1. Health and Safety concepts: Rating:7

When I was observing in the head start program I was able to see the children be served breakfast and lunch. The children were provided cheerio’s and milk for breakfast which has good nutrition in it. Before the children had both breakfast and lunch they had the opportunity to be able to wash their hands before eating. The children were able to feed themselves by using a spoon with the cereal and they were able to pick up the cup with milk to drink it. For lunch they were given chicken sandwiches with peaches and carrots. After the children had lunch they all had to brush their teeth before they got their belongings to end the day (2.K.01). The children are provided the opportunity to help them learn about preparing and valuing healthy foods. Four children were asked to help set up the tables with a plate, a fork for each child and a cup for each child (2.K.02 c&e). The children are provided materials about classroom safety and the rules they need to follow. The children have to walk in the classroom, ask to go to the bathroom and to raise their hand when they have a question. Conclusions: I overall gave the rating of a seven for this section because the program strongly encourages children to eat healthy and to be healthy. By the children helping preparing for a meal they will be able to learn do help set the table at home. Also, by the healthy foods they are given at the head start program they can tell their parents what they had to eat and tell them what they had was healthy. All of the children in the classroom were able to feed themselves and all used the spoons with the cereal and the forks to eat the carrots and peaches at lunch. Lastly, I thought it was extremely important that the classroom teacher has the classroom rules listed at the children’s eye level and they remind them of the rules on a daily basis so their classroom will be safe.

 

Example 2: THE LEARNING ENVIRONMENT (Emerging Understanding – Many revisions needed)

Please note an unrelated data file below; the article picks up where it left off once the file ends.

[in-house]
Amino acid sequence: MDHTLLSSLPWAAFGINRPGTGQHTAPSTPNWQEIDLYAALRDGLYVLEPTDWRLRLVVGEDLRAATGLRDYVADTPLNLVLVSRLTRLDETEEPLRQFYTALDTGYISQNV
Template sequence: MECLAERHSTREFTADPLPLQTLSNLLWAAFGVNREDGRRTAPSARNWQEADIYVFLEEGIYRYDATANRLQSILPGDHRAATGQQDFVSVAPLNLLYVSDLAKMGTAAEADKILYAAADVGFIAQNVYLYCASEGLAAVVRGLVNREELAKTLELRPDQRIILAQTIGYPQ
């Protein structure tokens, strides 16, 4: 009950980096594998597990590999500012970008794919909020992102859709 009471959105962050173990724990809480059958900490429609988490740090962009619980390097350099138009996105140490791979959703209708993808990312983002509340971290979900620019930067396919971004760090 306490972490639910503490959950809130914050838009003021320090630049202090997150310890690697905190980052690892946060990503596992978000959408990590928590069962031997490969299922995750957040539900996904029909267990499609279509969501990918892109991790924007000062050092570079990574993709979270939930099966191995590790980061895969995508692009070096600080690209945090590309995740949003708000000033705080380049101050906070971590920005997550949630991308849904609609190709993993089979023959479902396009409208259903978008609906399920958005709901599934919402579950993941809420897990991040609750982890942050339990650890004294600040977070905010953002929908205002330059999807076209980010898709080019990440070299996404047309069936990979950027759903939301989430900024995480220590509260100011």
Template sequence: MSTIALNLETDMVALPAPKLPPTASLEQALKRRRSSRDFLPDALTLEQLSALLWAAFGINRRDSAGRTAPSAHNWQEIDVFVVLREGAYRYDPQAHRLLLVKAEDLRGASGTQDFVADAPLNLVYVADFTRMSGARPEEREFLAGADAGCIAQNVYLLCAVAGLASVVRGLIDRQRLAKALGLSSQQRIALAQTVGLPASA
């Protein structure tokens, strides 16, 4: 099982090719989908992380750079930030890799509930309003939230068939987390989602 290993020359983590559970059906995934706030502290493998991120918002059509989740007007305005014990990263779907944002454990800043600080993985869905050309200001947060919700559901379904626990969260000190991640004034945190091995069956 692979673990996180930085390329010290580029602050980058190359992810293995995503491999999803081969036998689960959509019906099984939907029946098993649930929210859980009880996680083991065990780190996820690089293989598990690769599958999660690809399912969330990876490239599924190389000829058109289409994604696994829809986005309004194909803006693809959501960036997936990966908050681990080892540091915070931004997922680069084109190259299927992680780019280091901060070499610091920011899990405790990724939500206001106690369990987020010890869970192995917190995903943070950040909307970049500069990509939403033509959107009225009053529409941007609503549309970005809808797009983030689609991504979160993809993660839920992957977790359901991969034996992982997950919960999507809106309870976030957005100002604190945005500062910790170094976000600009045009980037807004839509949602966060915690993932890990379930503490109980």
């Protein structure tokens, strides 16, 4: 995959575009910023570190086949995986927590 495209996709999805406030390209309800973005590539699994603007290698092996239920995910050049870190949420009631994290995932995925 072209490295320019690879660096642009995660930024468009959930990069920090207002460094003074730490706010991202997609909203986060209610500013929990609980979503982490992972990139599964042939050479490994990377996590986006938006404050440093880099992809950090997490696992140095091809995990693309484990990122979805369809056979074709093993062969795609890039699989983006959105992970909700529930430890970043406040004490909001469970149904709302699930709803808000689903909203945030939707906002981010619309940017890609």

This draft required many revisions to make it acceptable.  My comments are written in bold.

 

Overall design of the learning environment (rating 5 -7) Pick one number

This was a great classroom. The children all appeared to be engaged and interacted with their teachers. How do you know?  What did you observe? There are 20 diverse children in this room and can be challenging to meet the individual needs of each of them and their families. True, how did the statement support your rating and what evidence to you have to convince me?  But, this room had plenty of free choices and engaging centers. Such as?  What do you mean by plenty?  How do you know the centers were engaging?  To improve, write about specific details and that support the rating you give. Inadequate first section

Effective classroom schedules and routines (Rating 7)

The classroom transitioned to free play, outside, lunch, teeth brushing with ease. The children seem to already know what they were supposed to do next. Not fully descriptive of how these things were done effectively.  I should be able to visualize what was happening in the classroom through your writing.

Offerings in the content domains: In general, none of the sections below are sufficiently described or interpreted. If you think a category is lacking, discuss what you would like to have seen and why it would be important to quality.

Physical (rating 5)

Music in the classroom

Hopscotch rug

Outside play area

(fine motor) paint brushes, writing table, play dough and Legos were all being used

Oral language and early literacy (rating 5)

The teacher read the kissing hand and had materials at the writing table for the kids to make their own kissing hand. Some questions were asked to the children during the story

Math and science (rating missing)

I did not observe science at this time. There were number puzzles and a teacher made cloths pin game available along with blocks and Legos.

The Arts (rating 5-7) pick one number

There were 2 spots continuously being used at the easel. There was coloring materials at the writing table. The music (although a bit loud) children were sculpting with the play dough

Social studies (not observed)  Inappropriate – what should you see

Not observed

Health and Safety (rating 7)

This is an area of strength for Head Start. There is a nurse on site to help maintain the children’s well-being but also make sure they are up to date with their physicals and immunizations. Also she orchestrates the pediatric dentist to have the children seen on site. The safety of the children not only the responsibility of the teachers but the site director as well making sure bus monitors are trained. Making sure the building meets the state license requirement. Head start tries to hire only certified assistant so both teaching teams can be left

 

License

Icon for the Creative Commons Attribution-NonCommercial-ShareAlike 4.0 International License

Early Childhood Mentored Field Observations by Dr. Susan Eliason and Gwen Alexander is licensed under a Creative Commons Attribution-NonCommercial-ShareAlike 4.0 International License, except where otherwise noted.

Share This Book

Feedback/Errata

Comments are closed.